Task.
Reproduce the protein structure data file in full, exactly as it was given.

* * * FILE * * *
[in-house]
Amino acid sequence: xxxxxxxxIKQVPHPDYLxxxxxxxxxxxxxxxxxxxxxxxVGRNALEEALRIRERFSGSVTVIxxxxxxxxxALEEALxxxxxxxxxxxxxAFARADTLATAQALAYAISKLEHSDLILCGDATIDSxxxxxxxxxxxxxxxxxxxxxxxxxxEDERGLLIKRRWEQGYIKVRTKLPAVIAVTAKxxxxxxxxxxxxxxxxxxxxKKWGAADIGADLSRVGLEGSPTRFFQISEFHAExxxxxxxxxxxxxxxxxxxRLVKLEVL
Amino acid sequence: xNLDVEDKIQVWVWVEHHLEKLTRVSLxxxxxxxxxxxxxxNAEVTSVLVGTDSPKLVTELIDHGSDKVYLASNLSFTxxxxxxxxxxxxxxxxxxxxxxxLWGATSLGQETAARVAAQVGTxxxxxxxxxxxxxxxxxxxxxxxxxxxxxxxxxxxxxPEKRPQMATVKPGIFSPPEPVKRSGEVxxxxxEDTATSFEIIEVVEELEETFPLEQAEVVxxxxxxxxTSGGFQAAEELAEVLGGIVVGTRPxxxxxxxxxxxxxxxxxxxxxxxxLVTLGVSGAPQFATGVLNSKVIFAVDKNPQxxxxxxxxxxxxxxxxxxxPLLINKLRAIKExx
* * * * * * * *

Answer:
[in-house]
Amino acid sequence: xxxxxxxxIKQVPHPDYLxxxxxxxxxxxxxxxxxxxxxxxVGRNALEEALRIRERFSGSVTVIxxxxxxxxxALEEALxxxxxxxxxxxxxAFARADTLATAQALAYAISKLEHSDLILCGDATIDSxxxxxxxxxxxxxxxxxxxxxxxxxxEDERGLLIKRRWEQGYIKVRTKLPAVIAVTAKxxxxxxxxxxxxxxxxxxxxKKWGAADIGADLSRVGLEGSPTRFFQISEFHAExxxxxxxxxxxxxxxxxxxRLVKLEVL
Amino acid sequence: xNLDVEDKIQVWVWVEHHLEKLTRVSLxxxxxxxxxxxxxxNAEVTSVLVGTDSPKLVTELIDHGSDKVYLASNLSFTxxxxxxxxxxxxxxxxxxxxxxxLWGATSLGQETAARVAAQVGTxxxxxxxxxxxxxxxxxxxxxxxxxxxxxxxxxxxxxPEKRPQMATVKPGIFSPPEPVKRSGEVxxxxxEDTATSFEIIEVVEELEETFPLEQAEVVxxxxxxxxTSGGFQAAEELAEVLGGIVVGTRPxxxxxxxxxxxxxxxxxxxxxxxxLVTLGVSGAPQFATGVLNSKVIFAVDKNPQxxxxxxxxxxxxxxxxxxxPLLINKLRAIKExx